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What Actions Can Lead to Home Invasion Charges in Illinois?

Posted on in Violent Crimes

IL defense lawyerLaws are put in place throughout the United States to protect the safety and well-being of its citizens. Here in Illinois, property crimes are taken seriously, and they can result in significant punishments depending on the circumstances surrounding the incident. There are many different types of criminal offenses that are categorized as property crimes, such as vandalism, trespassing, burglary, robbery, and home invasion. Although it may seem like home invasion would just be entering a person’s home unannounced, it actually involved more than that and can result in serious consequences. That is why it is essential that anyone accused of this crime consults an experienced criminal defense attorney who can help defend against such charges.

Not All Illinois Property Crimes Are Alike

Like many other states, Illinois law separates the offense of home invasion from that of residential burglary. Burglary of a residence refers to the unlawful entry or remaining in the home of another person with intent to commit a theft or another felony crime. Although home invasion is a similar act, it involves a person entering a home that he or she knows or believes is currently occupied. For a home invasion to be charged, any of the following actions would apply:

  • Threatens or inflicts harm while in possession of a firearm or other weapon
  • Deliberately causes physical injury to an individual in the home
  • Fires a weapon that causes harm or death to a person in the residence
  • Commits rape, criminal sexual assault, or other sex crimes in the home

Under Illinois law, home invasion is charged as a Class X felony since it is considered a violent crime. If a person is convicted of this crime, he or she could face a mandatory minimum sentence of six to 30 years in prison and fines up to $25,000. It is important to note that a defendant is not eligible for probation after being convicted of a home invasion.

In some situations, it is possible for a person to be charged with home invasion for entering their own house. This can occur when one spouse has an order of protection issued against him or her and enters the house he or she used to share with the other spouse. This would be considered a violation of a court order and could result in home invasion charges depending on the details.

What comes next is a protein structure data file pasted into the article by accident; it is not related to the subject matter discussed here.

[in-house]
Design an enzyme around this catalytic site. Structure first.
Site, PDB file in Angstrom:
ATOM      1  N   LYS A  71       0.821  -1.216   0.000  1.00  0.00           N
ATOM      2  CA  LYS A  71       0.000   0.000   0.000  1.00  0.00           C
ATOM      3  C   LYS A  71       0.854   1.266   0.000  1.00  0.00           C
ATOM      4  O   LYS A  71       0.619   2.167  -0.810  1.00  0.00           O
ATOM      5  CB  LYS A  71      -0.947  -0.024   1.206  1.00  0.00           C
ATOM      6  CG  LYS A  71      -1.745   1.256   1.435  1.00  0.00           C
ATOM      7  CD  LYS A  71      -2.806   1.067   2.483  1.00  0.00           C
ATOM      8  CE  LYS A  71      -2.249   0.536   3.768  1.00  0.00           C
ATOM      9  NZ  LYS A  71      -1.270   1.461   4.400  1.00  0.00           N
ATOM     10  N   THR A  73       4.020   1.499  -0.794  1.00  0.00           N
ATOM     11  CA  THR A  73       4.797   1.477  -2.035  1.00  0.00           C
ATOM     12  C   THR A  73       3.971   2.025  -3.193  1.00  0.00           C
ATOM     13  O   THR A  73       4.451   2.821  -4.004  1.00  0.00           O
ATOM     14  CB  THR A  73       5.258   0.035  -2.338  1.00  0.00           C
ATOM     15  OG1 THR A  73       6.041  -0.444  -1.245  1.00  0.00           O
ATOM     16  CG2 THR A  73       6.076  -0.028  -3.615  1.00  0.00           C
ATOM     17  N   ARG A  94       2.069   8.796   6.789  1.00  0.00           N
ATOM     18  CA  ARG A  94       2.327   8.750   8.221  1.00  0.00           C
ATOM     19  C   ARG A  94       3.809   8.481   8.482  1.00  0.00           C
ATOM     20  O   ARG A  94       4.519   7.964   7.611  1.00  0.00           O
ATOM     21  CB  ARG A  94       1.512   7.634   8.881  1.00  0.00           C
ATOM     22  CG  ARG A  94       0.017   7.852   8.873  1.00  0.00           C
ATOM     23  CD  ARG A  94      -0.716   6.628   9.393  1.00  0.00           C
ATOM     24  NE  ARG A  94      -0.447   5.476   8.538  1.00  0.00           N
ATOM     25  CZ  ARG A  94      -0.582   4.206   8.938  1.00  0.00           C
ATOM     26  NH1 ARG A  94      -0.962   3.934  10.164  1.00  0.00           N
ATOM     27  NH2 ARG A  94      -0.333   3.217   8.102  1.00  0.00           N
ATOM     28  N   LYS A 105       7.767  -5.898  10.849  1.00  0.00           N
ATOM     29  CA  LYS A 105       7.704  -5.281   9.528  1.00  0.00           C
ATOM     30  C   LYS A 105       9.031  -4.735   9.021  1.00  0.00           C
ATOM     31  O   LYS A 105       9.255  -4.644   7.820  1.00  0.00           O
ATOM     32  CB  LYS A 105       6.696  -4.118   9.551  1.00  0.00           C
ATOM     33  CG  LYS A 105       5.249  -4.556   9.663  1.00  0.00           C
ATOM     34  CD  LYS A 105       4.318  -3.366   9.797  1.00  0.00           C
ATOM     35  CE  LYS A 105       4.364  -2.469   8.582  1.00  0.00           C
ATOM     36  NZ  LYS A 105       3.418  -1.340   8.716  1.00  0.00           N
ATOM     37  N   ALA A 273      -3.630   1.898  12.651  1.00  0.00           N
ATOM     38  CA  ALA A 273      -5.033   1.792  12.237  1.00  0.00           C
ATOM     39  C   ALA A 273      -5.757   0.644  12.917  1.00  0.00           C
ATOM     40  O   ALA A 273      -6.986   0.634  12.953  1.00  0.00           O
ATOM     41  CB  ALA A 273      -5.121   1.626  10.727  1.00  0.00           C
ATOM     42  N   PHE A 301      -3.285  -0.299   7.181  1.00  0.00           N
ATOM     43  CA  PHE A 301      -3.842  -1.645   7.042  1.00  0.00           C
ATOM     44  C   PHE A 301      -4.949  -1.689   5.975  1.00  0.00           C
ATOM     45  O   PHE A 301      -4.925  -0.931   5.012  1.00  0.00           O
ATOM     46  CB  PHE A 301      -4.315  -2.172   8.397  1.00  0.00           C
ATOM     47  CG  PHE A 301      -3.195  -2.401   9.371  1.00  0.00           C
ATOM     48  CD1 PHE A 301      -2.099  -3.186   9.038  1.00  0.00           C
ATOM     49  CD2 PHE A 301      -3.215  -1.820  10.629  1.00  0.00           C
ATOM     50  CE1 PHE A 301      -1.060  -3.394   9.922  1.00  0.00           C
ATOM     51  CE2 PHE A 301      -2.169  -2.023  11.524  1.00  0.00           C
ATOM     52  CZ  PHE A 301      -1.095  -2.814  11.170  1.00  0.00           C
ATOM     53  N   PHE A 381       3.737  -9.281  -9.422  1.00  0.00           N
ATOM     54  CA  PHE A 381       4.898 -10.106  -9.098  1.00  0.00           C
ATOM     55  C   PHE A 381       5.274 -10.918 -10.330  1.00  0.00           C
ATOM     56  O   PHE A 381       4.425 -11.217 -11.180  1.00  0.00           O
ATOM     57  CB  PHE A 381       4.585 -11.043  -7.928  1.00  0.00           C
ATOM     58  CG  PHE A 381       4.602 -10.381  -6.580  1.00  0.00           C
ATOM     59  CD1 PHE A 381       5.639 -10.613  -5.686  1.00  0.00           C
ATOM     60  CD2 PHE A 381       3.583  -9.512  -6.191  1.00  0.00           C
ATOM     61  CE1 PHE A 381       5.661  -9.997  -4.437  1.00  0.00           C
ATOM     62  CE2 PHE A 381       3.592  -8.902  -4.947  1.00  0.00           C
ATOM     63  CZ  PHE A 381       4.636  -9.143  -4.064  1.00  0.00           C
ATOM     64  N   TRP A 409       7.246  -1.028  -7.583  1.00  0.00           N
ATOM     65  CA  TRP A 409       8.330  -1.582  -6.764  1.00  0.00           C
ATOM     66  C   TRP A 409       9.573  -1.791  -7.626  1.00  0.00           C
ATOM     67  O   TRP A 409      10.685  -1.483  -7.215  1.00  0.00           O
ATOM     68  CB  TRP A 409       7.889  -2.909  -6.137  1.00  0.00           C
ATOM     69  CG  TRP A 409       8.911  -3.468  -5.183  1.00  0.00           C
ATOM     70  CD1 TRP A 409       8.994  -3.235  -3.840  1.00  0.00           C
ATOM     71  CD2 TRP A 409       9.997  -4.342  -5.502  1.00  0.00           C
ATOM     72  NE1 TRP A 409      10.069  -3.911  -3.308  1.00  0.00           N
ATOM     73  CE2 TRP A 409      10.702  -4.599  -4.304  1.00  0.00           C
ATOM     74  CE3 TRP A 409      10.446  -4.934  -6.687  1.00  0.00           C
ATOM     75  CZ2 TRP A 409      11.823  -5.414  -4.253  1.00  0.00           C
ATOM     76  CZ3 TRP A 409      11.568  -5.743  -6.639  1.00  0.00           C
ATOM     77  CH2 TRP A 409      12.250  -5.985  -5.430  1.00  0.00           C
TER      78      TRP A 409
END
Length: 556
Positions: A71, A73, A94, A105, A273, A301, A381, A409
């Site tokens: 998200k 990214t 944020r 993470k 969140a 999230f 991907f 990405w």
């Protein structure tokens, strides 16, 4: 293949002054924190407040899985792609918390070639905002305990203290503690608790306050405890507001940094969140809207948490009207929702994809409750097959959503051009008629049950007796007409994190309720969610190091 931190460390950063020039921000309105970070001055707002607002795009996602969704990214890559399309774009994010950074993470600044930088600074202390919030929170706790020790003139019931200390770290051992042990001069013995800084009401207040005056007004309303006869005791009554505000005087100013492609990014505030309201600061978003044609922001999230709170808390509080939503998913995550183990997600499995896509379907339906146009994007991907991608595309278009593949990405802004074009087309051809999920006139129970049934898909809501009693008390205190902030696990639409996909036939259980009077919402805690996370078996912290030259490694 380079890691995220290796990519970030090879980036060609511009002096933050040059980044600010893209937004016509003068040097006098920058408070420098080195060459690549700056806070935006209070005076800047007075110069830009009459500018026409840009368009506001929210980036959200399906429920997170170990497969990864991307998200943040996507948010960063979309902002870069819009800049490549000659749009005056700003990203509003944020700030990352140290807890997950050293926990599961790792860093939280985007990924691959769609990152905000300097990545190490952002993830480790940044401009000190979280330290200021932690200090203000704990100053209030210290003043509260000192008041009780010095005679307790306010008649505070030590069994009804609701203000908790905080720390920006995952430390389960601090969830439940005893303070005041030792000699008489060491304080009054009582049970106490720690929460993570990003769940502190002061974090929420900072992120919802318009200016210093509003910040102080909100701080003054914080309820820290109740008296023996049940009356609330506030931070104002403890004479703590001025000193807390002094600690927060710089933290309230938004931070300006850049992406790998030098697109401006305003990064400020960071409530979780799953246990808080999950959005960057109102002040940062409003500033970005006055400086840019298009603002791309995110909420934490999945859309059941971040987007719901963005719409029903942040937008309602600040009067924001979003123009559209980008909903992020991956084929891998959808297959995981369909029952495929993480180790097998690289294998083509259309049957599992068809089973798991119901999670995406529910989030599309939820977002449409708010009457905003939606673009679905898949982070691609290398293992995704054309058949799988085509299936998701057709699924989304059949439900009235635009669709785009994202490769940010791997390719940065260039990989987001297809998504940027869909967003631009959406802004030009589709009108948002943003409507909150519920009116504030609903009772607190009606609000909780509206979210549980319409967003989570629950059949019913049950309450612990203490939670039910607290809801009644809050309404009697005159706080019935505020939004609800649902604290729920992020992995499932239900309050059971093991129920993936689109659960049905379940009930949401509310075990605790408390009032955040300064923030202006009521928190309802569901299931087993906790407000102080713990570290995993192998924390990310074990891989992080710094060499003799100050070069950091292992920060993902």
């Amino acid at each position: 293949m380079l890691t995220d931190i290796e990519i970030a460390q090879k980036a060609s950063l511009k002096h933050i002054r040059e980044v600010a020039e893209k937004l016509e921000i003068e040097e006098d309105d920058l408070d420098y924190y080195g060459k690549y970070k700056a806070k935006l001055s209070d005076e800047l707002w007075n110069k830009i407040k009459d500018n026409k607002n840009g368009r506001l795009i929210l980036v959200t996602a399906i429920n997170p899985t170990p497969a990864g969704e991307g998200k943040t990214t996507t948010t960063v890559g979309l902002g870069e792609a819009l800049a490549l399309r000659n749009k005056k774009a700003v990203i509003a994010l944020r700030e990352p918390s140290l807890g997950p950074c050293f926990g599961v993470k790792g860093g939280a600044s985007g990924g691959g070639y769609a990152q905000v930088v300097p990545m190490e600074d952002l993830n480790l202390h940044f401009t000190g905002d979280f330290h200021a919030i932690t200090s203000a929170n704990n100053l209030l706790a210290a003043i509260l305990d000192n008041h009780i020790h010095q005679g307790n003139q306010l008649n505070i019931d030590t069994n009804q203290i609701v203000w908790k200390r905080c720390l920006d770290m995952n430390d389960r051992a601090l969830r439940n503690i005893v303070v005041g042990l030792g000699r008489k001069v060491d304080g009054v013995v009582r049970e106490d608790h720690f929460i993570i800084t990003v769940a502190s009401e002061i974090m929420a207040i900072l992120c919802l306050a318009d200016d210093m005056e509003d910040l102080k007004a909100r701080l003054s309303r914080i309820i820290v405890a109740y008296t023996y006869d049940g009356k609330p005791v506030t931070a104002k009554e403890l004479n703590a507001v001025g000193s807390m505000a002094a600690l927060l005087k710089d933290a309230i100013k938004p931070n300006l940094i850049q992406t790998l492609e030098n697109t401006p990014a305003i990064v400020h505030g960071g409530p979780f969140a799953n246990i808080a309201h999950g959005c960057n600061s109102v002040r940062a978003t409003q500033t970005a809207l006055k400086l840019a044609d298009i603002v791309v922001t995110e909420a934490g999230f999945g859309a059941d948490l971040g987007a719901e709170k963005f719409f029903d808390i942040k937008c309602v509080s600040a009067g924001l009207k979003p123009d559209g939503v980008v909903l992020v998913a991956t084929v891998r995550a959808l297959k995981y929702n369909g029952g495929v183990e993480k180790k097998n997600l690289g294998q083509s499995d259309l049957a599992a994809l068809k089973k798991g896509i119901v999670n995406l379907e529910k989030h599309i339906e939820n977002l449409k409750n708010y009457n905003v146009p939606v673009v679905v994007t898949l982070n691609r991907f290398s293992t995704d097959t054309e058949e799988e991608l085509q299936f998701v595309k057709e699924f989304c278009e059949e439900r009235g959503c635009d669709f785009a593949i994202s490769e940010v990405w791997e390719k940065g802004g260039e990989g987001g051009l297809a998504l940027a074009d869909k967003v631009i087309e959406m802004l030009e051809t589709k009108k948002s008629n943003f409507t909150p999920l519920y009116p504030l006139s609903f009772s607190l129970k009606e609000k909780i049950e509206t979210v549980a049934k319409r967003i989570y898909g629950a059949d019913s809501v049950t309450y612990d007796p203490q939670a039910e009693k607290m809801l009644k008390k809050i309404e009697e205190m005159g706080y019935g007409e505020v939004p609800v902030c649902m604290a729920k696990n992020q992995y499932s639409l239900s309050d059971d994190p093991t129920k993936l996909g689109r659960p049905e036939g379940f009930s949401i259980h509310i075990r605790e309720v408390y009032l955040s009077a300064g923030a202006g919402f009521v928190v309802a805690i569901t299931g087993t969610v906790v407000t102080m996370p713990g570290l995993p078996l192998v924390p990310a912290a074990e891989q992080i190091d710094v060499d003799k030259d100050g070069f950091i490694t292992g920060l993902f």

Possible Defenses to Home Invasion Charges

In order to secure a conviction for home invasion, the prosecution has to prove intent, which can be difficult. There are several potential defenses to this offense, which may include a lack of evidence, failure to establish specific and deliberate intent, and the suppression of illegally obtained evidence. For example, a defendant may not have known that someone was in the residence when he or she entered. A prosecutor may be challenged to prove otherwise.

In addition, improper police tactics may violate the accused individual’s rights to due process. In certain cases, the investigation conducted by police may contain errors. These procedural mistakes can weaken the prosecution’s case. The accuracy of a witness identification can also be challenged based on a number of factors, including line of sight, mental capacity, and more.

Contact a Chicago Criminal Defense Attorney

If you or someone you know is facing criminal charges for the crime of home invasion, you need legal representation to avoid a conviction. A skilled Cook County home invasion defense lawyer will build a strong defense on your behalf to lower or dismiss your charges altogether. At Luisi Legal Group, we have more than 15 years of legal experience, so we understand Illinois criminal laws and how intent plays a role in the prosecution’s case. Call our office today at 773-276-5541 to schedule your free consultation.


Source:

https://www.ilga.gov/legislation/ilcs/fulltext.asp?DocName=072000050K19-6

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